A wag once said that being a journalist means never having to say you're sorry.
Emerson Stone begs to differ. The former vice president for news practices at CBS News says if it's important enough to report, it's important enough to correct when you get it wrong. This is Stone's 10 point plan for stations wishing to develop or fine-tune a corrections policy:
1. Welcome all who point out your mistakes. Thank them. That sage old Dean, Jonathan Swift (1667-1745), wisely wrote: "A man should never be ashamed to own he has been in the wrong, which is but saying in other words that he is wiser to-day than he was yesterday."
2. No matter is too trivial to correct. See the New York Times' daily corrections of matters as (supposedly) minor as the spelling of names Those who hear, see or read the news and, out of their own knowledge, perceive a small mistake that goes uncorrected, must ask themselves, "What larger errors do they make that go uncorrected? Can i trust anything they report?'
3. Don't wait. Make the correction on air as soon as its accuracy has been checked.
4. Correct in equivalent news programs. Evening News corrections go in the Evening News, and so on. (You probably don't have the same audience at 11 p.m. and at 5 a.m., so correcting a late-night error in the morning may not do much good
5. Avoid burying corrections. Make the correction as prominent in the broadcast as the original error, not thrown away or glossed over.
6. Be complete That means full and clear, including the statement that it is a correction, from which broadcast, who made the error and how it came about. Doesn't hurt to add that you regret it.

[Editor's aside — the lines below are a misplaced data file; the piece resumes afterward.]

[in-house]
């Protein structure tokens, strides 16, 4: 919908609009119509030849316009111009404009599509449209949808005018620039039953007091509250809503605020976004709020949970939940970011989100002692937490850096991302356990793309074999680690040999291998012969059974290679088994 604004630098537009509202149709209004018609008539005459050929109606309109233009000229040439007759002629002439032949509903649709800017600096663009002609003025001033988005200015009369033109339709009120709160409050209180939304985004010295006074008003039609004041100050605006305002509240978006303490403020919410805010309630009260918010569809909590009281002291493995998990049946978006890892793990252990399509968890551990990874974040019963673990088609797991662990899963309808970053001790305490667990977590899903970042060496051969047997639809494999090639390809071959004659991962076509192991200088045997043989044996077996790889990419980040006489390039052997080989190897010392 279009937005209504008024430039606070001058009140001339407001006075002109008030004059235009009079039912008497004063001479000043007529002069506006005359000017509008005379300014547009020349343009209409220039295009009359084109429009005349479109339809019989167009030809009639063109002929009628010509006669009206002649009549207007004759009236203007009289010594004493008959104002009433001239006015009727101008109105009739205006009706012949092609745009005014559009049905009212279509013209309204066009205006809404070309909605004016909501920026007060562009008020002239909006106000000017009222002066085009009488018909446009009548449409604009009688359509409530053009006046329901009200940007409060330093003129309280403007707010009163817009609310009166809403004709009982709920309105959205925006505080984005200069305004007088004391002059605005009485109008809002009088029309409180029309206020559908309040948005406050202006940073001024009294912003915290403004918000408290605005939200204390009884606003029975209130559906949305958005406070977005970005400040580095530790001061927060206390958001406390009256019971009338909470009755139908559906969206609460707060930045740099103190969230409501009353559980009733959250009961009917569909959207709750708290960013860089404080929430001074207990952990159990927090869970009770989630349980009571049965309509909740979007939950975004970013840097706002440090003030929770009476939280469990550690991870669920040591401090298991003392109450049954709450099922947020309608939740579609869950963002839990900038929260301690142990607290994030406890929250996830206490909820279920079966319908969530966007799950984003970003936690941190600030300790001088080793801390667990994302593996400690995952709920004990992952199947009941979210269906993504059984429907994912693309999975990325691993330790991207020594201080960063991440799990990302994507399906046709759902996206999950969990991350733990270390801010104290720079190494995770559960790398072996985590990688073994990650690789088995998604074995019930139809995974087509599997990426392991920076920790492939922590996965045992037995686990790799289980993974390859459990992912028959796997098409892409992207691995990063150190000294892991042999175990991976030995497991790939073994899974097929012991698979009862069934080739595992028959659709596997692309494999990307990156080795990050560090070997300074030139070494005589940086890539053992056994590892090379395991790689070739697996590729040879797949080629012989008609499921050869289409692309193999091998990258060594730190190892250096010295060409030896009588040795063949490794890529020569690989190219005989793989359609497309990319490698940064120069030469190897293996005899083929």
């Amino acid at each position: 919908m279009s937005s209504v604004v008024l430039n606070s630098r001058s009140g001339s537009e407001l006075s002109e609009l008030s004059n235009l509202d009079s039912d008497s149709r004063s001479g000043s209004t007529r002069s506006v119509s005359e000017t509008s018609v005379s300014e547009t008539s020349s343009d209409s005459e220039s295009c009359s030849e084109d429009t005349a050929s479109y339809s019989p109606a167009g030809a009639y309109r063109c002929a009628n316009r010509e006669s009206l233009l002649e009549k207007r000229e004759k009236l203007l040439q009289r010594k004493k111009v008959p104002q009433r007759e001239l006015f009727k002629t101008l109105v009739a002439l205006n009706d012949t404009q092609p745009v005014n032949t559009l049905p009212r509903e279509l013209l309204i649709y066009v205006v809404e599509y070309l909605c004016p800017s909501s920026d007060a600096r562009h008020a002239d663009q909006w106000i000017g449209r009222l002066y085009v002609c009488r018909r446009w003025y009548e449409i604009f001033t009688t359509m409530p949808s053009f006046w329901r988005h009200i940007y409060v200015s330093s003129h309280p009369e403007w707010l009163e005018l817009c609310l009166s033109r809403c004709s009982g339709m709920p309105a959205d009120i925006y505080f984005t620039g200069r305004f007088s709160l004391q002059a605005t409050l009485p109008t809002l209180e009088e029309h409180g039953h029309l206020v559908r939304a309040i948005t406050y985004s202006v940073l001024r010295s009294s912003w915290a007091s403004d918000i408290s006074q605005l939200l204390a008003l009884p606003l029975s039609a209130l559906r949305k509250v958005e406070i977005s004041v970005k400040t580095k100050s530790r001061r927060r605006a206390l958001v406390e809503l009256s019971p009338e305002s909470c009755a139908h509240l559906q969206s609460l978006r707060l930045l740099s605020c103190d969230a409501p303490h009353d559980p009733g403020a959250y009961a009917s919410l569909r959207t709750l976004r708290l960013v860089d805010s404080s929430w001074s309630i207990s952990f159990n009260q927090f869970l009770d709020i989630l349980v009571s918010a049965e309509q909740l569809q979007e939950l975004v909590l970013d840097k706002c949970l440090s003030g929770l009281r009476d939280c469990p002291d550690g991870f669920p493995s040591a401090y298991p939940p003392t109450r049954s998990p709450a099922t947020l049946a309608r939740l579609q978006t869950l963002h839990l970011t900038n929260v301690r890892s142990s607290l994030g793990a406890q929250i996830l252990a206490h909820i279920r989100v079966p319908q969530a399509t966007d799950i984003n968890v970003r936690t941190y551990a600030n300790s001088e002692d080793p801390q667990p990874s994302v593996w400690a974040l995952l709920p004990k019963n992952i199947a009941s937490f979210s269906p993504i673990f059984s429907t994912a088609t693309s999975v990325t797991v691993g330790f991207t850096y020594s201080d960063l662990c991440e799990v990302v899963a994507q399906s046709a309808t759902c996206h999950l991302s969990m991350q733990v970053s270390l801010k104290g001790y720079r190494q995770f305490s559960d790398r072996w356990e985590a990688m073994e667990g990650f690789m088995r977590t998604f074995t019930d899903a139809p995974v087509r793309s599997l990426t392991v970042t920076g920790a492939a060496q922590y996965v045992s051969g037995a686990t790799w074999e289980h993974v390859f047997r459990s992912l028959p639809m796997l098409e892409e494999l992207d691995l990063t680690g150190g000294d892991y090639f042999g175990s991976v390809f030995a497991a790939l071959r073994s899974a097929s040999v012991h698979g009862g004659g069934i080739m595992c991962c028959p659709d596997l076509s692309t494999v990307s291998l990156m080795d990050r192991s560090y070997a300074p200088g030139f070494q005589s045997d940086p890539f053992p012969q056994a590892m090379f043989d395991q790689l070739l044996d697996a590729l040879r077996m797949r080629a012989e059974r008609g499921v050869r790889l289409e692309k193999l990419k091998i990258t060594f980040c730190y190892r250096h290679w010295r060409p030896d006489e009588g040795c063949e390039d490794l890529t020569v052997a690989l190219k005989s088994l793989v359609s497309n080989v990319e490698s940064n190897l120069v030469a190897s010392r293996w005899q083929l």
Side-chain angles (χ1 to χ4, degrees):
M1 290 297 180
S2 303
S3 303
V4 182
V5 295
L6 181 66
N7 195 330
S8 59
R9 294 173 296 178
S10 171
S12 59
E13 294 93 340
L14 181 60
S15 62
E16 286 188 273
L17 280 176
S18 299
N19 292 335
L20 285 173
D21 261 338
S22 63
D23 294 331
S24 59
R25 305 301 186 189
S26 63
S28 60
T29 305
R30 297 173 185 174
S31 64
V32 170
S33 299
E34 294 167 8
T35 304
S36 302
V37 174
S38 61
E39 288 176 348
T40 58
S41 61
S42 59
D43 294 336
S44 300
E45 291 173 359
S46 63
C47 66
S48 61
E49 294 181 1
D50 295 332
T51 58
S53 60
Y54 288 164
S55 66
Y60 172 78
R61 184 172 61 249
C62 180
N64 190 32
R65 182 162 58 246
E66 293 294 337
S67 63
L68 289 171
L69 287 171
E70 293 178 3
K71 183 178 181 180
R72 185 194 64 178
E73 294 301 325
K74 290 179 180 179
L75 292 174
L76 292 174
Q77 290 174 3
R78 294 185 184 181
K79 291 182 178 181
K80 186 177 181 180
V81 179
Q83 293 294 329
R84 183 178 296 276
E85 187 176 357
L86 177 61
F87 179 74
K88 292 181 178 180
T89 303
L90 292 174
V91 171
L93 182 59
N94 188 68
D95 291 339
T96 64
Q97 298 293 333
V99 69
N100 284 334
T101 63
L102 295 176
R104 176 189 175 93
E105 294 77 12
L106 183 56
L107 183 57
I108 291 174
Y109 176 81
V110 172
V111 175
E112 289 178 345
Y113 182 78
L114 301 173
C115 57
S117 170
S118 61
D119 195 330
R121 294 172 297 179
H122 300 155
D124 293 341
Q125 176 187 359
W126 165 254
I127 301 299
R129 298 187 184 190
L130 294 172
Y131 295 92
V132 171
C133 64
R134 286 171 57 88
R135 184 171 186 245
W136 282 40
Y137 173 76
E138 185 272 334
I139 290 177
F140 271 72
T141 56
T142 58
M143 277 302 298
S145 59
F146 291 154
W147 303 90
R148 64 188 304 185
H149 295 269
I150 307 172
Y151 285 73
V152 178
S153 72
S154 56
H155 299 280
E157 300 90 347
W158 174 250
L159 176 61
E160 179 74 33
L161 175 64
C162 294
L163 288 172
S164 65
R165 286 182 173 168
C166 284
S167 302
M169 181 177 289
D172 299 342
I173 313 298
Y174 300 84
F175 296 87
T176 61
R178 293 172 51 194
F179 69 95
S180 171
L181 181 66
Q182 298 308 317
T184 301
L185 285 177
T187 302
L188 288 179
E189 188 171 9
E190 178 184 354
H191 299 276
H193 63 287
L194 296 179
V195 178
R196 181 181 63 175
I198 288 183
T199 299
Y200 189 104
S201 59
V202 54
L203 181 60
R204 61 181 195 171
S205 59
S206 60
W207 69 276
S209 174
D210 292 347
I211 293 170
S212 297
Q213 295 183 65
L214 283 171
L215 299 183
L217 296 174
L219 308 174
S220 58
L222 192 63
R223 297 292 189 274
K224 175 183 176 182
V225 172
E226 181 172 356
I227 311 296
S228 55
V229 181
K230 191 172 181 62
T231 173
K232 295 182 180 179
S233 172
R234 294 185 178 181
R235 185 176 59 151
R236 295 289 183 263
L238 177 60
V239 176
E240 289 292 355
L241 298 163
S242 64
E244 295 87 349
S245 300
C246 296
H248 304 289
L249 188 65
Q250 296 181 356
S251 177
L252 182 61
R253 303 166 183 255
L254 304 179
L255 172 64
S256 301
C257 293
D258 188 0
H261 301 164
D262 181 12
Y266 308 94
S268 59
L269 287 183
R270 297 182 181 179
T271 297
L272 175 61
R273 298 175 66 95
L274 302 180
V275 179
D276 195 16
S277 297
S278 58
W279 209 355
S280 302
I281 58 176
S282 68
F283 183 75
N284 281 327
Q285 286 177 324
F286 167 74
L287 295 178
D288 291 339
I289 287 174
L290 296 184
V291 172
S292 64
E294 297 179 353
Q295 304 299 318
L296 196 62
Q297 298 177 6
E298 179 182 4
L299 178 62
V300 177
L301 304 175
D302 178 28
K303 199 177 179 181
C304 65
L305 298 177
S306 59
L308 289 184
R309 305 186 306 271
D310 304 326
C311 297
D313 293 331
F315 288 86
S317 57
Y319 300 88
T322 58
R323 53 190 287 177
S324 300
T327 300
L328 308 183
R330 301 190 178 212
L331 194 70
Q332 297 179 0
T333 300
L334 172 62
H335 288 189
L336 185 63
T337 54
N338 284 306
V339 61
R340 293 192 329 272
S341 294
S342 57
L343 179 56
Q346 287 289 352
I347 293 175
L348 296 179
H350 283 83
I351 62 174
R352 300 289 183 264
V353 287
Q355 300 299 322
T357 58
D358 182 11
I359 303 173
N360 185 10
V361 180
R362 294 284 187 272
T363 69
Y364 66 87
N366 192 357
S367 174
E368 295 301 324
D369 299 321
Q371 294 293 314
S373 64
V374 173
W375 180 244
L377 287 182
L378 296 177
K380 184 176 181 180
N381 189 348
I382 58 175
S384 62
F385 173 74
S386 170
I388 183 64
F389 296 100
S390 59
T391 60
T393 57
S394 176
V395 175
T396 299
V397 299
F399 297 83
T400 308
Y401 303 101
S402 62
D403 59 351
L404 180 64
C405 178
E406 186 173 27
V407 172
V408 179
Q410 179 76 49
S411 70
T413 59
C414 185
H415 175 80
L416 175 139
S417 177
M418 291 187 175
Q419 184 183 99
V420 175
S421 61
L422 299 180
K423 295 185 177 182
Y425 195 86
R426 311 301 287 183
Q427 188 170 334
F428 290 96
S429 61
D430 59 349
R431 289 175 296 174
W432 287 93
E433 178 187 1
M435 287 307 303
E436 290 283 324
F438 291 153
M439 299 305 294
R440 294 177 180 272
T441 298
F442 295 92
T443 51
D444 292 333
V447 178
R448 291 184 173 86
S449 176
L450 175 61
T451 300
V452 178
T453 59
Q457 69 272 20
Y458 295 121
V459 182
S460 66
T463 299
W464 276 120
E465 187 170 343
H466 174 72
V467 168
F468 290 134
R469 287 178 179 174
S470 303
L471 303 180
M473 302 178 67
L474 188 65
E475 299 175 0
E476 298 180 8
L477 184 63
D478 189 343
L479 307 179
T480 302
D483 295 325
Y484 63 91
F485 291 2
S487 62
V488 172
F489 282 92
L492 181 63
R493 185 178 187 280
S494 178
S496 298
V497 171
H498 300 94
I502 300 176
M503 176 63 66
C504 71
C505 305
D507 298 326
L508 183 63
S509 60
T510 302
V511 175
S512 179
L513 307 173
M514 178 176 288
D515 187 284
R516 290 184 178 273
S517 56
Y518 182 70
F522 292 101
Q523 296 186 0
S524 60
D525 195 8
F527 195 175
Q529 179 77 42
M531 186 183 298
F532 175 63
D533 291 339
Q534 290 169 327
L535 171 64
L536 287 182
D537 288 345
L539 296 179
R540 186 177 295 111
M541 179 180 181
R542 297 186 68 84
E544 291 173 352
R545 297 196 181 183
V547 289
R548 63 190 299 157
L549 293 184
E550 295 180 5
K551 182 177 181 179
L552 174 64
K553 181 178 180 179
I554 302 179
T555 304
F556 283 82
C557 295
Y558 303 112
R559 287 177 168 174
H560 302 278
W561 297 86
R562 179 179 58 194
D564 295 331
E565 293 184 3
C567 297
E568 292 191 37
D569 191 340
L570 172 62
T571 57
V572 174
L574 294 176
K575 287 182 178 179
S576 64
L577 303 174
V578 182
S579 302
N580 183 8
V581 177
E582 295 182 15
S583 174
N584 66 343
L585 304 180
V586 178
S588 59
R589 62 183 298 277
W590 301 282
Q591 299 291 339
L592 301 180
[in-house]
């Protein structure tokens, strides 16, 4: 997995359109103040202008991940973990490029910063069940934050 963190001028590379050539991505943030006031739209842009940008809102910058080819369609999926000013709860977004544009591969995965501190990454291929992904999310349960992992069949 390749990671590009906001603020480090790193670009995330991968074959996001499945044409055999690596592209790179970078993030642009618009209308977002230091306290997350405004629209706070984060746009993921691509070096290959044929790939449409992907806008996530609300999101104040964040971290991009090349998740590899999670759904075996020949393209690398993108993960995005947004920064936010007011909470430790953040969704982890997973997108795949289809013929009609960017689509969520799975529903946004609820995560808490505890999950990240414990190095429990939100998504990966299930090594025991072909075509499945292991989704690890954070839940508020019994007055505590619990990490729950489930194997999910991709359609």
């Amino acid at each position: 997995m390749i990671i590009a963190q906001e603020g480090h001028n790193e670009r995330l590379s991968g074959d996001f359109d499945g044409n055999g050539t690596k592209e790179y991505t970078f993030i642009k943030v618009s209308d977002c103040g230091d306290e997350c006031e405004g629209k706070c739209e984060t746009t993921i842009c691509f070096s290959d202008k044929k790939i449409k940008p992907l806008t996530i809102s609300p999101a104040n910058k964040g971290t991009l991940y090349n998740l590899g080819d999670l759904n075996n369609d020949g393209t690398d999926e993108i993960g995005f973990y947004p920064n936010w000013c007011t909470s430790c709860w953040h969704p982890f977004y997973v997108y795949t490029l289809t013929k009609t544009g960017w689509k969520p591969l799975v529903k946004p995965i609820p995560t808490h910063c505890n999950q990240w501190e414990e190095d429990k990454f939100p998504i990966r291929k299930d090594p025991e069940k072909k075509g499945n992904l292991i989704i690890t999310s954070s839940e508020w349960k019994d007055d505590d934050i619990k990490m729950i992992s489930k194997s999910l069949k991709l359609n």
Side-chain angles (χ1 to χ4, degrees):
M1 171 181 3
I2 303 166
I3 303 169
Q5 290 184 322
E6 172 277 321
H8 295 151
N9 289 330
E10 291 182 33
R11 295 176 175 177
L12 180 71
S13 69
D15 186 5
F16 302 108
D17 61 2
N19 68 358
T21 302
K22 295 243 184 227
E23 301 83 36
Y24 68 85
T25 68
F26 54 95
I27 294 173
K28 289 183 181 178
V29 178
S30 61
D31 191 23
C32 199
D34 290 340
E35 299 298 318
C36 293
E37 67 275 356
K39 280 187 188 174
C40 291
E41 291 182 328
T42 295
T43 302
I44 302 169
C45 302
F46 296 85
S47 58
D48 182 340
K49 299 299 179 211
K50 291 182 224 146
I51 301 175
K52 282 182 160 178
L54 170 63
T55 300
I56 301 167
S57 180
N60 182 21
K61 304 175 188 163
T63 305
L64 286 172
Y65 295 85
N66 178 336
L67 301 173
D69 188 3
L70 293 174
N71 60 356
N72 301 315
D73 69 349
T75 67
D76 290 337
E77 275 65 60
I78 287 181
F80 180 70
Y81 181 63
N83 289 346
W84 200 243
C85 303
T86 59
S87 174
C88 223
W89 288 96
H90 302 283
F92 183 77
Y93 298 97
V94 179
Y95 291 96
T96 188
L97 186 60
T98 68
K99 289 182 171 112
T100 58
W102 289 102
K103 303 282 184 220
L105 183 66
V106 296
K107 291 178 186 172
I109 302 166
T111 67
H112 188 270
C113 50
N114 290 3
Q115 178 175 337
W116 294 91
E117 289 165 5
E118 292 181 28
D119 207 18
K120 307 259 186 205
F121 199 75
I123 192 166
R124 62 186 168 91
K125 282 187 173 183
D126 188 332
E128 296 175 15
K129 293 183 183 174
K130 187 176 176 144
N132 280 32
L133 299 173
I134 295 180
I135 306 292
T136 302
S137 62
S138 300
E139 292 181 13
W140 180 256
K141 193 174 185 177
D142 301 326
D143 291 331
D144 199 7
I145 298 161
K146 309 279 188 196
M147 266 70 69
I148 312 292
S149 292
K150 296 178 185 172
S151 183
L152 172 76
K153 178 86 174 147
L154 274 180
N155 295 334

7. Tell the whole truth Procedures like the one directly above sound as if you don't want to tell viewers on the air: I was wrong; here's how, when, and why." On air, of course, is exactly where corrections are most vital. Responsibility is the key word.
8. Be attuned to catching errors. All staff members need to learn to welcome and get full details of any communication, phoned or written, that alleges an error or states a correction. That information then goes to the proper person for checking and action.
9. Respond directly to complaints. A polite response should go to anyone who alleges an error, once the allegation is checked out and has been properly dealt with, regardless of whether the information was right or wrong.
10. Lose the attitude. It is time that we put behind us the days of circling the wagons against claims of error; time to cease those brusque I-haven't-got-time telephone cutoffs or we-stand-by-our-story letters of response. Make some time; get back to the caller promptly, if you really can't talk now. Check out the allegation. Respond by letter if that's the best way. Do the necessary. And again: correct any mistake on the air. (( know: The networks don't do it. Do it.)